Bicycle Motocross Action Official Test August 1981

Hutch Hi-performance Racing Products is an outfit that has recently begun making waves a lot closer to the Atlantic than the Pacific Gnarliness knows no geographical bounds. Radicalness is omni-directional.
Hutch has been semi-quietly building an arsenal of equipment and riders to challenge the nation's best.

Their most recent addition is Indy hero Timmy Judge, privateer winner of the World Championship Trophy Dash last winter. Timmy signed with Hutch in April. The addition of the Florida Flash gave Hutch their fifth factory team member and their third world champion. Not too shabby.
Hutch littlest pedal pusher is Andrew Soule (8X), NBL No. 1 in his age class. Dandy Andy has won Indy the last two

years. In fact, he doubled in '79 and tripled last year.
''Special K'' 'Collins   (10X) is Hutch's third world champion. He also carries the ABA No. 2 plate in Michigan.
Heldi Mirisola gives Hutch the NBL No. 1 Senior 'Powder P'uff.
Rounding out the team, Rich Farside (15X) carries the NBL No. 3   plate for his age class.
Hutch's team is totally eastern flavored: Timmy and Heidi from Florida, Andrew and "Special K'' from Michigan, and Rich from New Jersey.
Hutch offers four racing frames, two racing forks, and hi-performance three-piece cranks. Chrome is a Hutch speciality. Their team bikes peek of the shiny stuff   and the company sells massive quantities of chromed components.
Rich and Thelma Hutchins got into BMX about four years ago. Be- fore that they had been active in mini- cycle motocross. Their son, Keith,   10X in BMX, had a factory ride with   Yamaha when he won the 6-8, 50cc national championship in '79. He now specializes in BMX only, along with his older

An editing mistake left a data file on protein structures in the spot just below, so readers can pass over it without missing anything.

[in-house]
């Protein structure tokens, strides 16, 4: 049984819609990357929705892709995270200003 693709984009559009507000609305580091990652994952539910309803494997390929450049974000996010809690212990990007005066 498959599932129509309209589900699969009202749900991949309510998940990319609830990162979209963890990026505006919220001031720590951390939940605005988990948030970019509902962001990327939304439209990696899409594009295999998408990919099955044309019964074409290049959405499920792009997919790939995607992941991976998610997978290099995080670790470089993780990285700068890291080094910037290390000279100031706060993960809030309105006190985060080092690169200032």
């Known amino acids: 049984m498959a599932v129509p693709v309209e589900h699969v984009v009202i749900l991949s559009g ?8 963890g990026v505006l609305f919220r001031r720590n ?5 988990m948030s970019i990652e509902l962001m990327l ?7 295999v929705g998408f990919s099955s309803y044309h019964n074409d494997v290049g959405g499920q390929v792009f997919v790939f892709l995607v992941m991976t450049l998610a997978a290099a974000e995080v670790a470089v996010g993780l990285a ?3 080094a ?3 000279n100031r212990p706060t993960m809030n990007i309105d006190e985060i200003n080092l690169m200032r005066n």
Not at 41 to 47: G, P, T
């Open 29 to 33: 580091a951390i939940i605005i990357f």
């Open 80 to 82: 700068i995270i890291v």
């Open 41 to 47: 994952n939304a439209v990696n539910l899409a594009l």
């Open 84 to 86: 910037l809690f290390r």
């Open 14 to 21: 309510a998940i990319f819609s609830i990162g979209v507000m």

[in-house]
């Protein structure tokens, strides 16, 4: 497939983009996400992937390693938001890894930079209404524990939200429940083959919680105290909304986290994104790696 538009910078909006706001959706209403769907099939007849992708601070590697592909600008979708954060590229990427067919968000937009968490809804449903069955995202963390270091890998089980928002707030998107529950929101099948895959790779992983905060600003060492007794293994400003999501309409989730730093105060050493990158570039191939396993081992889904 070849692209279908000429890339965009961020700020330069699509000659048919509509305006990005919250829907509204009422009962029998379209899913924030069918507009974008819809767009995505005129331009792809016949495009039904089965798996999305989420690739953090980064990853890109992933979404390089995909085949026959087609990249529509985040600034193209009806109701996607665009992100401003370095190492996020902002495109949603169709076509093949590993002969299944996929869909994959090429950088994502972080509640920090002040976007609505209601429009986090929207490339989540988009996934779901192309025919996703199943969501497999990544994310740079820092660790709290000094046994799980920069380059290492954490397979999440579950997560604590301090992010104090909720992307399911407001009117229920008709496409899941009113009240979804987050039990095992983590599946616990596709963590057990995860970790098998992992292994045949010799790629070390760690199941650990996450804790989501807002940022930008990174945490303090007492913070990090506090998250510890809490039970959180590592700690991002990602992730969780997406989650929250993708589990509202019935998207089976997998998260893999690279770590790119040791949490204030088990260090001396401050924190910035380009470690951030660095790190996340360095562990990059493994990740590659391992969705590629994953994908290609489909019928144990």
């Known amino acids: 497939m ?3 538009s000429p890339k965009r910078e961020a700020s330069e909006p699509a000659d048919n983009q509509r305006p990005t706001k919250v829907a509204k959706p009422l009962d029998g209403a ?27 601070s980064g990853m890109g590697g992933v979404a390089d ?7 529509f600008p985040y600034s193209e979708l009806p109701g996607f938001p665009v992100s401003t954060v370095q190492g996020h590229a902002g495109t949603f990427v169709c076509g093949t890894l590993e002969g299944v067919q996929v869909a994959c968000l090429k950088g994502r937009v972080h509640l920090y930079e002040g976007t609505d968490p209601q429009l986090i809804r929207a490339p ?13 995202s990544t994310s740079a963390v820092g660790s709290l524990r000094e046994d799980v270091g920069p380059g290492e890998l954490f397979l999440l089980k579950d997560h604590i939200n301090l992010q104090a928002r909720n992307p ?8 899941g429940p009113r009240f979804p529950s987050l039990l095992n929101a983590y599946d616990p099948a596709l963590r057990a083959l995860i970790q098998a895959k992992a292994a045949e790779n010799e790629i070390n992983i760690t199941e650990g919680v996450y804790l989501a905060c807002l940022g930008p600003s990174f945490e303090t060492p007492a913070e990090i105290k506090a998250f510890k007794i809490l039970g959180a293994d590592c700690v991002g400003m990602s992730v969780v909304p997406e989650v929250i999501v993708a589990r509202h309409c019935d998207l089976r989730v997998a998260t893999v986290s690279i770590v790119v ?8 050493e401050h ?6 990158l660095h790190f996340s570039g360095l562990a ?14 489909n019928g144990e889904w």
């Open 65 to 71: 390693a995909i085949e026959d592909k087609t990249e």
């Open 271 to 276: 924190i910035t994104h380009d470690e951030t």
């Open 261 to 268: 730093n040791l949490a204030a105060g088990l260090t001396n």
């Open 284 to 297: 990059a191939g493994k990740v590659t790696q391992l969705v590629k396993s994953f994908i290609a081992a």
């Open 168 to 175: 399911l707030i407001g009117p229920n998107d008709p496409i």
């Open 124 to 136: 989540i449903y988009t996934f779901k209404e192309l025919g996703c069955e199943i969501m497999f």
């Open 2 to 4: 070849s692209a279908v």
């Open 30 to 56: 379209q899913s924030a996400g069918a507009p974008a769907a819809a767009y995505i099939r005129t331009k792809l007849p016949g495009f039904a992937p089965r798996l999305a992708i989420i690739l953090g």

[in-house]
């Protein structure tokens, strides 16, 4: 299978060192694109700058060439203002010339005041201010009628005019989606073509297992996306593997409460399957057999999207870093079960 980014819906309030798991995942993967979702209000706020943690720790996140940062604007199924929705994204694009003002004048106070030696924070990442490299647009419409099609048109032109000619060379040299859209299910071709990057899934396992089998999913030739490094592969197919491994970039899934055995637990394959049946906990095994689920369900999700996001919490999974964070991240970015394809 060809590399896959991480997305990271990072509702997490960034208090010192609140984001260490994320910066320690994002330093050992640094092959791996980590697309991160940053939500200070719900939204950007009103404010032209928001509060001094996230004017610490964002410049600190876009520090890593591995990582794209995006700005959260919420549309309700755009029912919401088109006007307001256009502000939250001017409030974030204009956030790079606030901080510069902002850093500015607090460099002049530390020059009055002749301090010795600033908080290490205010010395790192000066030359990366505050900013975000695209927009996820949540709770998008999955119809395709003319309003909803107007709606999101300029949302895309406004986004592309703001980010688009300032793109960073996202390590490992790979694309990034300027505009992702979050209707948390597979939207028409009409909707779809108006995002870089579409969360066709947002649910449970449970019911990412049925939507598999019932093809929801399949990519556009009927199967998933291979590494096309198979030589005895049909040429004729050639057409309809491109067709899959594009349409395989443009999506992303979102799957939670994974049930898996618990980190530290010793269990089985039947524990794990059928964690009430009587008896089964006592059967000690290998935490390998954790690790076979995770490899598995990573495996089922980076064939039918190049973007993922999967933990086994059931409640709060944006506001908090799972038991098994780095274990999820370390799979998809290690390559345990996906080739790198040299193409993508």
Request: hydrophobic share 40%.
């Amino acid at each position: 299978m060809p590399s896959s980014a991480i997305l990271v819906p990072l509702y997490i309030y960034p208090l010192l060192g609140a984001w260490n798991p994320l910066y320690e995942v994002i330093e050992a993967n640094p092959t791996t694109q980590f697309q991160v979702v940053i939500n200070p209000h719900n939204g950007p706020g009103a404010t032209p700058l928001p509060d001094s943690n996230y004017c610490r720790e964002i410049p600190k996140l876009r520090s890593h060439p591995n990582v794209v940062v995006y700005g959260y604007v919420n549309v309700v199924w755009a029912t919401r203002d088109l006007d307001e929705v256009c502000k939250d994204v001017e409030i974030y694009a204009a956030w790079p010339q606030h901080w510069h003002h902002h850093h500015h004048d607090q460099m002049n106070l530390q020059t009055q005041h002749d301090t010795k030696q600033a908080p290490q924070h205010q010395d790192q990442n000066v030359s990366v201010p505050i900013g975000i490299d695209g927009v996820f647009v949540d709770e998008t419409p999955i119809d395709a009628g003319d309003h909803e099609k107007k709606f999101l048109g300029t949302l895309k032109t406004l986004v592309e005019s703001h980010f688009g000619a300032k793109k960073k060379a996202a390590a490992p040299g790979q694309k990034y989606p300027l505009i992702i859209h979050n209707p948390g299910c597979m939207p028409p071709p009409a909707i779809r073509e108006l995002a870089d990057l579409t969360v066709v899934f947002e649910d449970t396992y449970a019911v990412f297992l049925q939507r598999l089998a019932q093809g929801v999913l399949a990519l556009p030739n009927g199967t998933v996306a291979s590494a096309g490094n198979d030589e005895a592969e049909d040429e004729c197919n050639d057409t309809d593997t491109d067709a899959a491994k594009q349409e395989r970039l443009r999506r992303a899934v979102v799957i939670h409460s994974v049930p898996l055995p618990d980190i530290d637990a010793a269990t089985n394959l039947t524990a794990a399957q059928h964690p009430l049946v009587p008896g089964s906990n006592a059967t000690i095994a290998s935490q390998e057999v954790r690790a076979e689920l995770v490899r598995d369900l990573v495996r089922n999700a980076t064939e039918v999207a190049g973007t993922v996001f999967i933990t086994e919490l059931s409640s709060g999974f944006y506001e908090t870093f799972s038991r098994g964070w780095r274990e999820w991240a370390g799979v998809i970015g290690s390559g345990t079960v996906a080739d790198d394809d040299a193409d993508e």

Buff: Sano stylin' on a dailed in bike.

brother, Richie, 14X.
The Hutchins started with a shop. Then a part-time mail order business. They've gone on to become one of the largest mail order outfits around. They're also the number two JMC seller in the nation. Hutch went   racing about two years ago with local riders and started hitting some nationals last year. This year they're into a full team assault that may include the signing of a Pro rider.
Hutch frames and forks are avail- able through shops, however, complete chromed bikes may be ordered directly

from Hutch.
The frame lineup includes:
-The X-Long Pro Racer-three pounds, eleven ounces.
-The Standard model-three pounds, eight ounces.
- The Junior ("Special K'' replica) model-three pounds, four ounces.
-The Mini Li'l Holeshot) model- three pounds.   Fork choices include the Pro and Mini models.
That's the one we tested. Our guys climbed on Rich Farside's race bike so Timmy could keep crank

ing on his scooter for pictures. Rich Far- side sparked the chrome craziness a while back by plating the bejeebers out of his bike. Rich Hutchins liked the results, and got totally chromed.
With a name like Farside, Rich is ripe for getting tagged with a nick- name or two. How about crashing? Farside highsides. Turning? Farside carves the near side. Race reporting? Farside's inside scoops.